Title: MEMPHIS SHAKE Artist: HUMPHREY LYTTELTON & HIS BAND Composer: Hayes Publisher: Mills Music Ltd Album: Humph At the Conway Label: Encore Number: ENC 164. 2. Title: SWING OUT Artist: HUMPHREY LYTTELTON & HIS BAND Composer: Allen/Higginbotham Publisher: Southern Album: A Tribute to Humph-Volume 8 Label: Dormouse Number: DM14. 3. Title: KATH MEETS HUMPH Artist: HUMPHREY LYTTELTON & HIS BAND Composer: Lyttelton Publisher: Mecolico Album: Kath Meets Humph Label: Parlophone Number: PMD 1052. 8. Title: SAD SWEET SONG Artist: HUMPHREY LYTTELTON & HIS BAND Composer: Humphrey Lyttelton Album: Sad, Sweet Songs and Crazy Rhythms Label: Calligraph Number: CLGCD 042. Back to the top.

Almost seven-years before, in 1954, Lyttelton recorded his first ever live album at the Conway Hall in London's Red Lion Square - released as Humph at the Conway, it stands as one of the era's most enjoyable records, but it was also very much a child of its own time. By 1961, much had changed: a new band, a new approach, a new instrumental lineup and a newfound appreciation for kicking the old trad rules into touch, and blasting out a 'freer' form (if not exactly free form) jazz instead

Tracklist

Texas Moaner
Coal Black Shine
Last Smile Blues
Elephant Stomp Blues
Wally Plays The Blues
My Bucket's Got A Hole In It
I Double Dare You
That's The Blues Old Man
Feline Stomp
St. James Infirmary Blues
Memphis Shake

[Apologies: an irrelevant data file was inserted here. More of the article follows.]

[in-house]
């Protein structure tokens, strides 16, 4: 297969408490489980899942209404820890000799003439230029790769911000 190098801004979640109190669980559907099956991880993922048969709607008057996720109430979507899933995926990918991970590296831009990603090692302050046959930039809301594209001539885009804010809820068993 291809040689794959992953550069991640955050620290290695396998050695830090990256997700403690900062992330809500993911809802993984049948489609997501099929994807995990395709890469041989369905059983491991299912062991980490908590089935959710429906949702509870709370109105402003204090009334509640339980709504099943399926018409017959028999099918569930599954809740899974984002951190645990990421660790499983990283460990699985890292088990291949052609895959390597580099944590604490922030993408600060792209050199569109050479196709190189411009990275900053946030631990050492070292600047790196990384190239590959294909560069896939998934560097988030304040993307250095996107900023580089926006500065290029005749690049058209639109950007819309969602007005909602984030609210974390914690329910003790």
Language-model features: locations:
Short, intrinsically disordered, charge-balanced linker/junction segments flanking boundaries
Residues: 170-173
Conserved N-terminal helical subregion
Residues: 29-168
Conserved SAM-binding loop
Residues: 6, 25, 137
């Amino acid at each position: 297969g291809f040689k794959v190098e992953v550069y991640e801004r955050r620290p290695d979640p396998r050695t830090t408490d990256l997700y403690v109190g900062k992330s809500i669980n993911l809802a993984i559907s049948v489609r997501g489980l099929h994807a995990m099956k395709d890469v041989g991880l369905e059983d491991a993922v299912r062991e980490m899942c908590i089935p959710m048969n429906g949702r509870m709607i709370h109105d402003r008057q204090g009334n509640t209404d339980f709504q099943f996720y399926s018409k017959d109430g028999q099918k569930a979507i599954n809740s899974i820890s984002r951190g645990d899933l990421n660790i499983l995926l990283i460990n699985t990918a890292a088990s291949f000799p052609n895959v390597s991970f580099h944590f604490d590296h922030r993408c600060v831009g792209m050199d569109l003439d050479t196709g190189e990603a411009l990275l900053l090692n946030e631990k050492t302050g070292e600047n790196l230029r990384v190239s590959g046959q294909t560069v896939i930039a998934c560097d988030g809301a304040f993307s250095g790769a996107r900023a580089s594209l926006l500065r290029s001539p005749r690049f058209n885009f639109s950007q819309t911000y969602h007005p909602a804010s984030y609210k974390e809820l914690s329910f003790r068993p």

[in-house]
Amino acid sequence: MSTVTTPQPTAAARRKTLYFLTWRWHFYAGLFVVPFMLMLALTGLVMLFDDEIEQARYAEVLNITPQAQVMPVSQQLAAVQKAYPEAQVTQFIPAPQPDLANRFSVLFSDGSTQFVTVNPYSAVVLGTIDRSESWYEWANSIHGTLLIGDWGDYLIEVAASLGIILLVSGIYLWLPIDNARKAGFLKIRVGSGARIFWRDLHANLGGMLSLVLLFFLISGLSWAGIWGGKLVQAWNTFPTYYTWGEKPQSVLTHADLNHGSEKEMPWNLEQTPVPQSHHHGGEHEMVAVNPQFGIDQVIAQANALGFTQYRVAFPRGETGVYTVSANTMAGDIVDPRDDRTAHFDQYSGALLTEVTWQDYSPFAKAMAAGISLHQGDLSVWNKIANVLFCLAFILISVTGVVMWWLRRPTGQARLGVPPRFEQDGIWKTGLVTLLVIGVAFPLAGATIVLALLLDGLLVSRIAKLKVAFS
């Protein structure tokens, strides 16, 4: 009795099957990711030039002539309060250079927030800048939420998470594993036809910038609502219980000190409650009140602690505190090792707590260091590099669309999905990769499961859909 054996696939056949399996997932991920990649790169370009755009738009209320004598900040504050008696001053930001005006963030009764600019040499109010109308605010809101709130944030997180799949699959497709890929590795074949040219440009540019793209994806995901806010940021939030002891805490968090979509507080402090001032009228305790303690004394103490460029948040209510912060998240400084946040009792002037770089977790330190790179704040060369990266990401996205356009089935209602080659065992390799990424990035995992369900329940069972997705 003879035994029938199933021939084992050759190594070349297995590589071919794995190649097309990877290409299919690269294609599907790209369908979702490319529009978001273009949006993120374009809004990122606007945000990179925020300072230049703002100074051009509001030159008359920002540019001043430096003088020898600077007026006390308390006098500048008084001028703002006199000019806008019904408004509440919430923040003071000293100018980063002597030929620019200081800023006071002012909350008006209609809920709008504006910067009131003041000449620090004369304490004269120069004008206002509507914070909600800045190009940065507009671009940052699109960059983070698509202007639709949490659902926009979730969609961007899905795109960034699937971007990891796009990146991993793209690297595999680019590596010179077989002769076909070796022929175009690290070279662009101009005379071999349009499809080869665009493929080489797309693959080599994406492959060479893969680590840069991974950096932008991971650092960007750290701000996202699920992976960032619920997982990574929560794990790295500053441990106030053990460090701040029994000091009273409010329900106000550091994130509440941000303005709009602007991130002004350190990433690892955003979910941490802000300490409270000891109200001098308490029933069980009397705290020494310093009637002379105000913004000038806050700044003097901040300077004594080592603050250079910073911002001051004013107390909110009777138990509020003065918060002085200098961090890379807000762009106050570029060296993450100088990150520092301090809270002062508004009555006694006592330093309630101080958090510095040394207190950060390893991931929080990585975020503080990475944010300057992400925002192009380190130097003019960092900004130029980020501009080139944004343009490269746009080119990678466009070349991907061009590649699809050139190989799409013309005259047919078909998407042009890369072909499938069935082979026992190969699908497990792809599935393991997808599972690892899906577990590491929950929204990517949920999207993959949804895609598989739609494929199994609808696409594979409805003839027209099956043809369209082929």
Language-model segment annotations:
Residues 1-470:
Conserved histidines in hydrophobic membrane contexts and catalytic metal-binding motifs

Mo Pas Lemmé Ças

Versions

Category Artist Title (Format) Label Category Country Year
PMC 1012 Humphrey Lyttelton And His Band Humph At The Conway ‎(LP) Parlophone PMC 1012 UK 1954
CLGLP 0006, CLGLP 006 Humphrey Lyttelton And His Band Humph At The Conway ‎(LP, Album, Mono, RE) Calligraph Records, Calligraph Records CLGLP 0006, CLGLP 006 UK 1986
PMC 1012 Humphrey Lyttelton And His Band Humph At The Conway ‎(LP, Album) Parlophone PMC 1012 UK Unknown
elegant stranger
This was Humph's 1954 band at its very best. The set wis ras recorded at one of the band's regular monthly concerts at Conway Hall, Red Lion Square, London. The venue was somewhat unusual in that it was not primarily intended for music,but was normally used by an organisation called the South Place Ethical Society, who held meetings and lectures there. The recording was produed by none other than George (later Sir George) Martin, who was destined to become famous for his association with the Beatles. The sound he achieved on this occasion was just right - the balance of the front line is as near perfect as can be imagined, while the rhythm section always comes over with just the right emphasis. The soloists are all at the top of their form. Humph's intro on I Double Dare You sets the mood perfectly. Wally Plays the Blues is one of the most relaxed and charming clarinet solos ever, while Johnny Parker's original, Feline Stomp, marks him out as one of the most exciting of trad pianists.Reviewing the original release in the Melody Maker, Jax Lucas wrote that he was struck as much by the weakness of the rhythm section as he was by the strength of the horns. That comment amazes me to this day - how could he get it so wrong? The rhythm section of this band was a long way ahead of those of the comparable bands of the period and on this evening they were on top form, driving the music forward in great style.